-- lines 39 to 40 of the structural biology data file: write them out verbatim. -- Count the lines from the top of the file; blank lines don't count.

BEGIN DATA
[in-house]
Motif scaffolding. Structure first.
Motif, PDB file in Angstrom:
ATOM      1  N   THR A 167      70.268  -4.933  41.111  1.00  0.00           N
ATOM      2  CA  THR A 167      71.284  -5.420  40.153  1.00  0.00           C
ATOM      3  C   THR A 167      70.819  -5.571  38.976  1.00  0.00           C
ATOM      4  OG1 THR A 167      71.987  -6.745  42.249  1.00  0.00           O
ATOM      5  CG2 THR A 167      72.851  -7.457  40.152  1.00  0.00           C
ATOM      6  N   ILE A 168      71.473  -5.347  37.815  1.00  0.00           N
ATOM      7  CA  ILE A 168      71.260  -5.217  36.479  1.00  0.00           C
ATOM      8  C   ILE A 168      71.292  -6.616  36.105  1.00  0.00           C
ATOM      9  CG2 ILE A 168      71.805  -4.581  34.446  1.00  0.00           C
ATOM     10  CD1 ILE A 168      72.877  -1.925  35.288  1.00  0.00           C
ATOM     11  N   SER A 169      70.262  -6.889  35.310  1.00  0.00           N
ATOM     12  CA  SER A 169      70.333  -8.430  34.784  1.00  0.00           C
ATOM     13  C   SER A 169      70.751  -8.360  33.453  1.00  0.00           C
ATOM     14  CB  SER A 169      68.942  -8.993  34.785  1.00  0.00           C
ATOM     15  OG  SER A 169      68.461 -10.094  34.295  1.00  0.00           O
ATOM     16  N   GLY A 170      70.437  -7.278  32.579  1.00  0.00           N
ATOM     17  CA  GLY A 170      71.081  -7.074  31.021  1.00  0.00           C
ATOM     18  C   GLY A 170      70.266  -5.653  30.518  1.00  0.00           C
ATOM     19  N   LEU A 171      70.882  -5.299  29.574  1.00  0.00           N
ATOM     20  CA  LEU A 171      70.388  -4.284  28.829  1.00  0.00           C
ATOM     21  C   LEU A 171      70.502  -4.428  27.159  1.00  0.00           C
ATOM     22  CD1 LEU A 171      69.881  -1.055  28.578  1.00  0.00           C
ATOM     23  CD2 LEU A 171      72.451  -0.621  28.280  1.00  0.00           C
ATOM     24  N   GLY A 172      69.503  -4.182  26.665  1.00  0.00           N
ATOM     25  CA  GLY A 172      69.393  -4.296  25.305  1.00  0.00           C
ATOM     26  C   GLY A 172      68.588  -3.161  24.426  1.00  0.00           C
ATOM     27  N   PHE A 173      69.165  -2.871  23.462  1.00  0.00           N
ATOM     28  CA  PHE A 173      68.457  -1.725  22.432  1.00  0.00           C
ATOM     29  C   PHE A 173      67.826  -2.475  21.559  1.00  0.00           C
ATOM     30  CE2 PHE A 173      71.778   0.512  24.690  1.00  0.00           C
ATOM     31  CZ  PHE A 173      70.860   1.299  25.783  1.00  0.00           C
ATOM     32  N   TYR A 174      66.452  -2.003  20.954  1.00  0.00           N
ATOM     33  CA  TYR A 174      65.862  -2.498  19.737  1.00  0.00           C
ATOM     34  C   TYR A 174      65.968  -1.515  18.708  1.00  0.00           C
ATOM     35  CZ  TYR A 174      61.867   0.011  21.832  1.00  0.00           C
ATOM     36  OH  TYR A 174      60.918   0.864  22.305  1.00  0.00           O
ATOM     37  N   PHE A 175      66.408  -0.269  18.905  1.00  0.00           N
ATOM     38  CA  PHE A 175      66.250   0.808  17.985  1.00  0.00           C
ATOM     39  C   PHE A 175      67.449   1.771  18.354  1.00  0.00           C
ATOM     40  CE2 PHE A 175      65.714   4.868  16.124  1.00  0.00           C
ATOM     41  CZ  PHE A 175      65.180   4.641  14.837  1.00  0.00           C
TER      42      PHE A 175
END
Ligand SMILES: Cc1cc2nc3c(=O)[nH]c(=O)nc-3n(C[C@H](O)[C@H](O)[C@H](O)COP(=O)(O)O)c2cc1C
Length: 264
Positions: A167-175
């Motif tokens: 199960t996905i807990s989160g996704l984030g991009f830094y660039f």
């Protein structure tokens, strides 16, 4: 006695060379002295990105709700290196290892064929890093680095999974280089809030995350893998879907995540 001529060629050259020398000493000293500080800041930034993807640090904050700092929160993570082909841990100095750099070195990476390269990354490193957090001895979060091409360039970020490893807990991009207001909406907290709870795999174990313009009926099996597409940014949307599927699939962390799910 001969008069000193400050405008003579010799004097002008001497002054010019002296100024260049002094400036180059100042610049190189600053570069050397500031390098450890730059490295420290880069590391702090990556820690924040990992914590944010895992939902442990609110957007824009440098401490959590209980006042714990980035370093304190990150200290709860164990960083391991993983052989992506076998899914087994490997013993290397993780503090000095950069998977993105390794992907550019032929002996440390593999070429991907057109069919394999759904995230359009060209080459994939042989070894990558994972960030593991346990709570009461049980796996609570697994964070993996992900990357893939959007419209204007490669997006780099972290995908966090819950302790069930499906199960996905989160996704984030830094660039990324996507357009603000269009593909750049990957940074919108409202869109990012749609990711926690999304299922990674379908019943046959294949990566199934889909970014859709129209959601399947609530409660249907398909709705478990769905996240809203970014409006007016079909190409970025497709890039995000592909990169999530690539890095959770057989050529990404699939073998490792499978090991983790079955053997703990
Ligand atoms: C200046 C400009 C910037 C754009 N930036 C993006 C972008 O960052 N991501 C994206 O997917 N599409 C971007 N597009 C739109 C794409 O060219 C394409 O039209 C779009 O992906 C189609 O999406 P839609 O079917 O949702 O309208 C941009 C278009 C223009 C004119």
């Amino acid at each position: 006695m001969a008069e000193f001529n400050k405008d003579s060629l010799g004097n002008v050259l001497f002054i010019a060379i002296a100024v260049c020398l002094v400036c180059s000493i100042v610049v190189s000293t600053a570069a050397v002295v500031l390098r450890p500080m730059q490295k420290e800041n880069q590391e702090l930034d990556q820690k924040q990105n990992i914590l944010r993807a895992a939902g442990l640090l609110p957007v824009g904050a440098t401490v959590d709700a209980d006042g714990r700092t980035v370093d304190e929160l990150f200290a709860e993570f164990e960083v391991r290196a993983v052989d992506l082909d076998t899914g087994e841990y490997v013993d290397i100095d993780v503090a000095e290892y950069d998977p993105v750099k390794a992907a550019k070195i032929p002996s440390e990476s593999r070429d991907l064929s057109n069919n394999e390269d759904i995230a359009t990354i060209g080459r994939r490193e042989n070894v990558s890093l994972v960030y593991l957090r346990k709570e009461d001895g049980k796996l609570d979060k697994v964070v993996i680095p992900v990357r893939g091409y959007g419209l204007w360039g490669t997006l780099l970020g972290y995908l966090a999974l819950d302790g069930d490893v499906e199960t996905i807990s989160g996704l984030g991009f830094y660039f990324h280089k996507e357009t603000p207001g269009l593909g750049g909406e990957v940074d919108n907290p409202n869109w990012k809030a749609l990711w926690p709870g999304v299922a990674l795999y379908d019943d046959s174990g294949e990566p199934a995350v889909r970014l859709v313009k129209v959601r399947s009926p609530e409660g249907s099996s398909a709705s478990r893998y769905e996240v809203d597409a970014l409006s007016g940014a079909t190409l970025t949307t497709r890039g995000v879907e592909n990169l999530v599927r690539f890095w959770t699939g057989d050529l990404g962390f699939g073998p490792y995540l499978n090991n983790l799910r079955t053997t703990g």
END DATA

ATOM     36  OH  TYR A 174      60.918   0.864  22.305  1.00  0.00           O
ATOM     37  N   PHE A 175      66.408  -0.269  18.905  1.00  0.00           N